In the same way we’d have a hard time guessing the exact width of a T-shirt, it can be difficult for development teams to guess exactly how long a task will take. Instead, just like how we’d find it easier to rank T-shirts by their sizes, teams are better at ranking stories and work by relative size.

T-shirt sizing agile estimation
T-shirt sizing agile estimation

The t-shirt method is just a method of visualizing how large a workload is in relative terms. Teams using this method can choose to have corresponding story point values for tracking and reporting purposes. For example, a 3 is a small, a 5 is a medium, an 8 is large, anything above is XL and anything below is considered XS. For teams not interested in agile reporting, using actual sizes like small, medium and large can be an actual scale that is used for this estimation technique – but this isn’t common for most agile teams.

2. Planning poker

Planning Poker is perhaps the most popular estimation technique, and most agile teams use some variation of the approach. Planning Poker is an exercise that involves the entire development team. Traditionally, each member has a deck of cards that shows the numbers of the story point scale. As stories are reviewed, each team member silently arrives at a score and then all team members reveal their selected card at the same time.

The team then discusses the scoring, and members contribute their rationale for the score they awarded. After discussion, the team again votes with their cards. The goal, and typical outcome, is to converge upon a single, agreed-upon score within a few rounds.

With remote and asynchronous work being the norm now, this old-fashioned estimation technique is not possible for most teams. Because of this, many teams are now taking to online agile planning poker tools like Zenhub’s planning poker feature to make agile estimation faster and more accessible.

3. Affinity grouping

Affinity Grouping is an alternate method to Planning Poker in which team members group items into tiers based on relative size. The basic process is usually carried out with sticky notes on a board. The notes are arranged with smaller items going to the left and larger items to the right.

The backlog is taken one item at a time. The item is discussed in terms of how it compares to the size of items already on the board, and then placed on the board accordingly. The items arrange somewhat naturally into columns which become affinity groups. Story points are assigned based on the story’s affinity group.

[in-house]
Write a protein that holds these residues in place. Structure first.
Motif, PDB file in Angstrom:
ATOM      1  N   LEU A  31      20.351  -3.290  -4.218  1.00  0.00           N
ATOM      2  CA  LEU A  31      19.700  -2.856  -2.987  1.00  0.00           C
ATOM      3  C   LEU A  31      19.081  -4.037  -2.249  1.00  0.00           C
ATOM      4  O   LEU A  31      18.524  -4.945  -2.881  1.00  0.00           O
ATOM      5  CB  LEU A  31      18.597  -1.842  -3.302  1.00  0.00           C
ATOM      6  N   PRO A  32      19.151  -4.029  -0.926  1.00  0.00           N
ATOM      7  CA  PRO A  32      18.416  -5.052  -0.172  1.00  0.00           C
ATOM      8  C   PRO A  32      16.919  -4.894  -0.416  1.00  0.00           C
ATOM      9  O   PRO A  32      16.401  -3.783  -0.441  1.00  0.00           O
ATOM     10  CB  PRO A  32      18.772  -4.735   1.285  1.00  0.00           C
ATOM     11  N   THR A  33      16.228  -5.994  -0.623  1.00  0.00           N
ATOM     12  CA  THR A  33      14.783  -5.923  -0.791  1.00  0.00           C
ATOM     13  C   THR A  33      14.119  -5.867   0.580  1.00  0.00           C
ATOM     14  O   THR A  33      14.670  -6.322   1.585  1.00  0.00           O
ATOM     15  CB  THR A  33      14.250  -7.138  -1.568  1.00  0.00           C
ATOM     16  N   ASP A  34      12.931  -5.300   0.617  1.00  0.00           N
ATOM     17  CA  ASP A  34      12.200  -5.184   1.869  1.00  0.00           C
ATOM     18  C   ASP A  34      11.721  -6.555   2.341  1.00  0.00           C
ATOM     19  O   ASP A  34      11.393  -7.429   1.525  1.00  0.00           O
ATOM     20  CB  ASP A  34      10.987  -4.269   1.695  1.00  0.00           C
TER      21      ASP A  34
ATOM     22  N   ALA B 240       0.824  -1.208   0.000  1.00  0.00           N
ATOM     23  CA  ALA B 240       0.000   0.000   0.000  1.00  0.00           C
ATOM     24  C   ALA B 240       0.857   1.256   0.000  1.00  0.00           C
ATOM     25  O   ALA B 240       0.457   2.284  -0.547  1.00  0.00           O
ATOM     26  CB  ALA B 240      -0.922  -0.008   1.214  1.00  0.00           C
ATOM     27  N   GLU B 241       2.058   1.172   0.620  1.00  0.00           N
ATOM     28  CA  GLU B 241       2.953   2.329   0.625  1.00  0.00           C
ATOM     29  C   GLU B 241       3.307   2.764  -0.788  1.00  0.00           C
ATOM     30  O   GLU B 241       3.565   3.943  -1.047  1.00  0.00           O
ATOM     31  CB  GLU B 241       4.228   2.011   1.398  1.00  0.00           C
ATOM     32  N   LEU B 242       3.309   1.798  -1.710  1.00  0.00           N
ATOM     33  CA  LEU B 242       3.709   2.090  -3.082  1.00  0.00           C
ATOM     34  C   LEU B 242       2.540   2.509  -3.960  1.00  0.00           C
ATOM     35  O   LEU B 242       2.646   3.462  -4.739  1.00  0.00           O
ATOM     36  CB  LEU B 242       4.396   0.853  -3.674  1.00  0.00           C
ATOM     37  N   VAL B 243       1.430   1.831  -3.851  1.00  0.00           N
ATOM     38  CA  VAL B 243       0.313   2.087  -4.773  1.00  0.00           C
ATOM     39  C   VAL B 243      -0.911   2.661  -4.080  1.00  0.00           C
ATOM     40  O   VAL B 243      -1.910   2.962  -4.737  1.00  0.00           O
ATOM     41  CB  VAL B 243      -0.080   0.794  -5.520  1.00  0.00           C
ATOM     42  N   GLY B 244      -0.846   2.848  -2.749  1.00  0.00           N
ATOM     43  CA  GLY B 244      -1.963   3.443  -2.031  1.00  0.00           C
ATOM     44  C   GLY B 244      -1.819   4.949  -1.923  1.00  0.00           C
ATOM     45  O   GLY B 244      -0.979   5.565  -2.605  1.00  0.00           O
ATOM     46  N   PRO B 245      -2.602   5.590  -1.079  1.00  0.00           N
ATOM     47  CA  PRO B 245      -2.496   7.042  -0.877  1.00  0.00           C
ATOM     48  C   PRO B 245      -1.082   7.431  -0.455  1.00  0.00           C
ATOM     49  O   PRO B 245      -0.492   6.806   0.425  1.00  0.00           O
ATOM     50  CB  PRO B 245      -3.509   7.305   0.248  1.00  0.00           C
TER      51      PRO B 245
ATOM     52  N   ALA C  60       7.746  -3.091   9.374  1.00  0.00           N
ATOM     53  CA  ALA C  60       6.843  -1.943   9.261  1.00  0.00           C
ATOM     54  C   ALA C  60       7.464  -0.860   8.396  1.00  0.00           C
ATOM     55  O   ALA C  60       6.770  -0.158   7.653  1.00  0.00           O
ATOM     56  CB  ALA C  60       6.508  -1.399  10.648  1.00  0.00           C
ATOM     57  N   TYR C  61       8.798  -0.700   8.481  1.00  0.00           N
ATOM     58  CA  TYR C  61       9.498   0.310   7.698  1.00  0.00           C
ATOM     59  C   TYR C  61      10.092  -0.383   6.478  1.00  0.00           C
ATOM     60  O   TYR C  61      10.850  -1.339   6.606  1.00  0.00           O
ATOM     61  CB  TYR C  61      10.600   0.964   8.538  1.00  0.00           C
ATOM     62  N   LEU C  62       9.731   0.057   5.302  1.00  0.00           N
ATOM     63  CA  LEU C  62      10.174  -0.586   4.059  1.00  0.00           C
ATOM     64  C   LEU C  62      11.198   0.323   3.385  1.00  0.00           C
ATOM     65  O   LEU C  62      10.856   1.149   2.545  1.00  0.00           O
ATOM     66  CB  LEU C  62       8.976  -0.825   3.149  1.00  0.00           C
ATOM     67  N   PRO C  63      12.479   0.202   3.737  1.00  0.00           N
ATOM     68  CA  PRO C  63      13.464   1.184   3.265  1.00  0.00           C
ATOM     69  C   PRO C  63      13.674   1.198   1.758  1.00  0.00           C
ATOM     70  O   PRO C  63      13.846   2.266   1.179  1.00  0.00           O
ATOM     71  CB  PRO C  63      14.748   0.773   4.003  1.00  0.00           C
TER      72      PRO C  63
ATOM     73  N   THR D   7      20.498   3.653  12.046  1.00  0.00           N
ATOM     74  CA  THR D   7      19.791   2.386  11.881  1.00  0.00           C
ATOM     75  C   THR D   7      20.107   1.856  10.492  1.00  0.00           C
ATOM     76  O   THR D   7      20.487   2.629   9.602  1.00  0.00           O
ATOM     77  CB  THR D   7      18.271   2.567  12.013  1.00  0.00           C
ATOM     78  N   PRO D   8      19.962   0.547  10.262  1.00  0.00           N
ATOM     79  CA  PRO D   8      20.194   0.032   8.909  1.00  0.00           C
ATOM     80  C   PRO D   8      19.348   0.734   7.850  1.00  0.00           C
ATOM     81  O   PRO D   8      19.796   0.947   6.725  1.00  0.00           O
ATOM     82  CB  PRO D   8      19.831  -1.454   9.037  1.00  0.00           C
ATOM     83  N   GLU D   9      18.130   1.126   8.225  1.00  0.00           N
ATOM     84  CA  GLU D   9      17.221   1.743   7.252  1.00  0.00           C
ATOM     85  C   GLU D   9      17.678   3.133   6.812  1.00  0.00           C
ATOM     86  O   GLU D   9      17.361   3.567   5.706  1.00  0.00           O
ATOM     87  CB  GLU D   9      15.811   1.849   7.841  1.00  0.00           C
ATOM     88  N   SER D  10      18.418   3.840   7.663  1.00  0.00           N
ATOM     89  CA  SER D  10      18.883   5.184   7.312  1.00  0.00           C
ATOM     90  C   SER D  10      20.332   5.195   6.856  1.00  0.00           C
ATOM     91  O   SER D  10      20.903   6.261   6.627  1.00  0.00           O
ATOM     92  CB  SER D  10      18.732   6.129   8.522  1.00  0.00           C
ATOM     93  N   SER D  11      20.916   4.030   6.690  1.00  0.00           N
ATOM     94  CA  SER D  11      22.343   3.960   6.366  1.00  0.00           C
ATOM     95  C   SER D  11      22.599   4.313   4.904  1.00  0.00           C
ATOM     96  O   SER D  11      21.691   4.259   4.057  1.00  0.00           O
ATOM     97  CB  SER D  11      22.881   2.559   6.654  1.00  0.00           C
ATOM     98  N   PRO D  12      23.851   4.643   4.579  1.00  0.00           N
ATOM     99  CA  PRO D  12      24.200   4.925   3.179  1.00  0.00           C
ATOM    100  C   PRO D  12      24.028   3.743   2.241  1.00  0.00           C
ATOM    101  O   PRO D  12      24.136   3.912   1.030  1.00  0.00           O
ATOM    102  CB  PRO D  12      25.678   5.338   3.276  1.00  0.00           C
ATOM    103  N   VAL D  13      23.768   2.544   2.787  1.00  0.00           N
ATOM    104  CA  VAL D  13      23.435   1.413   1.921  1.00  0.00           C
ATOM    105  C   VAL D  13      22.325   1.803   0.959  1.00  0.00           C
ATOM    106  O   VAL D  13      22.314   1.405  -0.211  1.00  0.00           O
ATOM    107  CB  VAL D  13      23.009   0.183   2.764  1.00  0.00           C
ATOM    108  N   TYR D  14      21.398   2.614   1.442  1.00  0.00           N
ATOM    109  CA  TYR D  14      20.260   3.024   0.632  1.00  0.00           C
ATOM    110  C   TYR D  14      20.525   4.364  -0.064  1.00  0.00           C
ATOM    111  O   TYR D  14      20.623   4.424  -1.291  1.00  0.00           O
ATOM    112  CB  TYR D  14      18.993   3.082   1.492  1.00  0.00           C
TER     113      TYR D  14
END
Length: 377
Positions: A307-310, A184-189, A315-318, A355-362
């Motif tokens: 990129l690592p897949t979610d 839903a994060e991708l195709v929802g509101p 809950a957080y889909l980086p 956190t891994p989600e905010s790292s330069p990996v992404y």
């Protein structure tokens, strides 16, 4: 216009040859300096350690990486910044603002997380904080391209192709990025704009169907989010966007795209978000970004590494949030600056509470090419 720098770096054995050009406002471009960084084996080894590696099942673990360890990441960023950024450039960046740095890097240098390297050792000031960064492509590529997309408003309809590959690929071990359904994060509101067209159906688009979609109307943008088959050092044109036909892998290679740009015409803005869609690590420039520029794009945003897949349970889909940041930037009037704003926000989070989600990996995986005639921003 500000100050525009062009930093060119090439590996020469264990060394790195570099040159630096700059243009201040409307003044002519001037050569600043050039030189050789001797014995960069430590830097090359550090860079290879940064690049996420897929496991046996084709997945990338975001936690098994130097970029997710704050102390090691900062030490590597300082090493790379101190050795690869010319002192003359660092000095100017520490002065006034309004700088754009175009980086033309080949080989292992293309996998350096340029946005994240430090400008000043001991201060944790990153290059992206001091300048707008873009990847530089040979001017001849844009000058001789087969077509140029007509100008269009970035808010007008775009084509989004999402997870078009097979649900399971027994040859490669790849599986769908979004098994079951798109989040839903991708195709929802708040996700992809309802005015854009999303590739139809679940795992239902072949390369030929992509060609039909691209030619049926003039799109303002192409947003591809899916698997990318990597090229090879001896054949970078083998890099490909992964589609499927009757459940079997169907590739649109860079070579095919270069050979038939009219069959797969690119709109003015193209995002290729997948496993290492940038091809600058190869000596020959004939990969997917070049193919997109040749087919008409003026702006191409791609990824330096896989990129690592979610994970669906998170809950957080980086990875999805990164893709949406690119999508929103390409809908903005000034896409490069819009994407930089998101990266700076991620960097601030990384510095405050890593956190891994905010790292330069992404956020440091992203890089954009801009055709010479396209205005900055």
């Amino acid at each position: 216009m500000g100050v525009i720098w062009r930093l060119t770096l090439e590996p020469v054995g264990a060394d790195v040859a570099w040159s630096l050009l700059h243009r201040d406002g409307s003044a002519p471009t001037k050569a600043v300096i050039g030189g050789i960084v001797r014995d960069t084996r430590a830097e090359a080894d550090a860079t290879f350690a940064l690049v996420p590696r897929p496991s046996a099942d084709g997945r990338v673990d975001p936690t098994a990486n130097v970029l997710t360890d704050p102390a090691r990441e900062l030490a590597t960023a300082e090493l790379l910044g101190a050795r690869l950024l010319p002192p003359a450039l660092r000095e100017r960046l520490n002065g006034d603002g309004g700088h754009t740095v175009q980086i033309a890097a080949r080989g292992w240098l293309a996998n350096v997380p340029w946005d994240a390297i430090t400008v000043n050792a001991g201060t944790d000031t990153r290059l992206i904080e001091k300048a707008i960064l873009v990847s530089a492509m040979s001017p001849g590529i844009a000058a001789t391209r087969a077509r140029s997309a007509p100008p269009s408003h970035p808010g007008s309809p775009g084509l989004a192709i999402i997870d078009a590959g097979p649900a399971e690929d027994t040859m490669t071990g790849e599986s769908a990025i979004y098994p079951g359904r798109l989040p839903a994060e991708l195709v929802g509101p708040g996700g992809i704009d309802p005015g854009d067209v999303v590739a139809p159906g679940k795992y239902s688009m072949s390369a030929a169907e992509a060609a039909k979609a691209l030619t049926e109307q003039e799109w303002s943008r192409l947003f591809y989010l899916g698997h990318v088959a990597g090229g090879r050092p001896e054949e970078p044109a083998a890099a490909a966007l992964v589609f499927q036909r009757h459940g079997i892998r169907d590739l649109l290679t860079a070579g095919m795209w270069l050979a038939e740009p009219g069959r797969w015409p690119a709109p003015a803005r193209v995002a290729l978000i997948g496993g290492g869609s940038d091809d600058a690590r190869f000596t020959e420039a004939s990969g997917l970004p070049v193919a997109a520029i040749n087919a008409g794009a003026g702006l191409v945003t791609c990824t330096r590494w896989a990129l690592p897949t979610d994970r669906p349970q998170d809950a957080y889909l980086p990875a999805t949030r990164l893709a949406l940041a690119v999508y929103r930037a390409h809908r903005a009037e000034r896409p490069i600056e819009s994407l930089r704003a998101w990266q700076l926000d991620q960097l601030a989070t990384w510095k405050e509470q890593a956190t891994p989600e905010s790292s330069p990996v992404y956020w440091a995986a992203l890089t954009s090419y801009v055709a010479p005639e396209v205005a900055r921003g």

4. Dot voting

This is a simple method of organizing your product backlog items one is fairly simple but only for estimating small user stories. Every person gets a definite number of dots (4-5) that can be used to vote on user stories. You can use an online tool while remote or a whiteboard when in the office.

The more dots, the more time and effort needed to complete the item. In the end, you should have a list of items sorted by their priority.

5. The bucket system

What about large numbers of user stories?

The Bucket System can be even more efficient and quick than other methods in estimating task complexity.

Each person will add tasks to one of the available buckets based on their relative urgency and priority. After every team member has divided the tasks, these will be reviewed together to reach a consensus.

Here’s a detailed look at the process in action:

The bucket method agile estimation technique

6. The three-point method

Ever been working on a project you thought was going to take a short time but ended up taking twice as long as expected? The three-point method aims to prevent this from happening and facilitate more accurate agile estimation by averaging 3 different story point estimates.

The 3 different estimates vary in optimism:

Estimate #1 – Optimistic: In a perfect world, what’s the most ambitious estimate for this story?

Estimate #2 – Pestimistic: If many unanticipated blockers come up, what is the most conservative estimate for this story?

Estimate #3 – Practical: What is the most likely estimate for this story?